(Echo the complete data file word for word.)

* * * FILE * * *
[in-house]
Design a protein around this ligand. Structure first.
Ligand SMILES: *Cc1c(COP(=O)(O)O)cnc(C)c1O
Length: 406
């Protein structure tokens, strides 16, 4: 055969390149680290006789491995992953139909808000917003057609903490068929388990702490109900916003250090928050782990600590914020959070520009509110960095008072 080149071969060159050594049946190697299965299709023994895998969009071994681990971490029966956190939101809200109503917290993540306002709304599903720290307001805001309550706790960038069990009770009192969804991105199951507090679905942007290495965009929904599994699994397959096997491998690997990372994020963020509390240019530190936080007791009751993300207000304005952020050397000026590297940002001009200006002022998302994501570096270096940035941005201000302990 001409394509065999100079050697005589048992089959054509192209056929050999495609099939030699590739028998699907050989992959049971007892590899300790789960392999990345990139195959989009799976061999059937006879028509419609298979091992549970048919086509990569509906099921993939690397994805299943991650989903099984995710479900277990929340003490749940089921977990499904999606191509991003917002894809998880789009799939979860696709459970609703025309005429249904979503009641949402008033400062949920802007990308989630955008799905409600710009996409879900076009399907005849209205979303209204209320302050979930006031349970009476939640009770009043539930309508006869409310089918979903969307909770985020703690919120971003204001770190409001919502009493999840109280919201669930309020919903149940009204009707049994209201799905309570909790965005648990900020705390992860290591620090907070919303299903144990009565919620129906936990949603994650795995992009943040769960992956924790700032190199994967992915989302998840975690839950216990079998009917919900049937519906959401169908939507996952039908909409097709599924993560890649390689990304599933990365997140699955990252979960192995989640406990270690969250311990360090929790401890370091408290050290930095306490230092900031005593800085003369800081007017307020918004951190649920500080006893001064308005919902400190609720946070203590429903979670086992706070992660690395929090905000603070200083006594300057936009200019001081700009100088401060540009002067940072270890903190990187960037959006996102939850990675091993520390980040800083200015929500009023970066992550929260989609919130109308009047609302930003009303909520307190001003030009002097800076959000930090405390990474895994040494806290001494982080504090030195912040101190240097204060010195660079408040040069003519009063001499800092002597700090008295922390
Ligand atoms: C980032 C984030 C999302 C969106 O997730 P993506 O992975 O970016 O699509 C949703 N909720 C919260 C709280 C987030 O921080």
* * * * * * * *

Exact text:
[in-house]
Design a protein around this ligand. Structure first.
Ligand SMILES: *Cc1c(COP(=O)(O)O)cnc(C)c1O
Length: 406
């Protein structure tokens, strides 16, 4: 055969390149680290006789491995992953139909808000917003057609903490068929388990702490109900916003250090928050782990600590914020959070520009509110960095008072 080149071969060159050594049946190697299965299709023994895998969009071994681990971490029966956190939101809200109503917290993540306002709304599903720290307001805001309550706790960038069990009770009192969804991105199951507090679905942007290495965009929904599994699994397959096997491998690997990372994020963020509390240019530190936080007791009751993300207000304005952020050397000026590297940002001009200006002022998302994501570096270096940035941005201000302990 001409394509065999100079050697005589048992089959054509192209056929050999495609099939030699590739028998699907050989992959049971007892590899300790789960392999990345990139195959989009799976061999059937006879028509419609298979091992549970048919086509990569509906099921993939690397994805299943991650989903099984995710479900277990929340003490749940089921977990499904999606191509991003917002894809998880789009799939979860696709459970609703025309005429249904979503009641949402008033400062949920802007990308989630955008799905409600710009996409879900076009399907005849209205979303209204209320302050979930006031349970009476939640009770009043539930309508006869409310089918979903969307909770985020703690919120971003204001770190409001919502009493999840109280919201669930309020919903149940009204009707049994209201799905309570909790965005648990900020705390992860290591620090907070919303299903144990009565919620129906936990949603994650795995992009943040769960992956924790700032190199994967992915989302998840975690839950216990079998009917919900049937519906959401169908939507996952039908909409097709599924993560890649390689990304599933990365997140699955990252979960192995989640406990270690969250311990360090929790401890370091408290050290930095306490230092900031005593800085003369800081007017307020918004951190649920500080006893001064308005919902400190609720946070203590429903979670086992706070992660690395929090905000603070200083006594300057936009200019001081700009100088401060540009002067940072270890903190990187960037959006996102939850990675091993520390980040800083200015929500009023970066992550929260989609919130109308009047609302930003009303909520307190001003030009002097800076959000930090405390990474895994040494806290001494982080504090030195912040101190240097204060010195660079408040040069003519009063001499800092002597700090008295922390
Ligand atoms: C980032 C984030 C999302 C969106 O997730 P993506 O992975 O970016 O699509 C949703 N909720 C919260 C709280 C987030 O921080």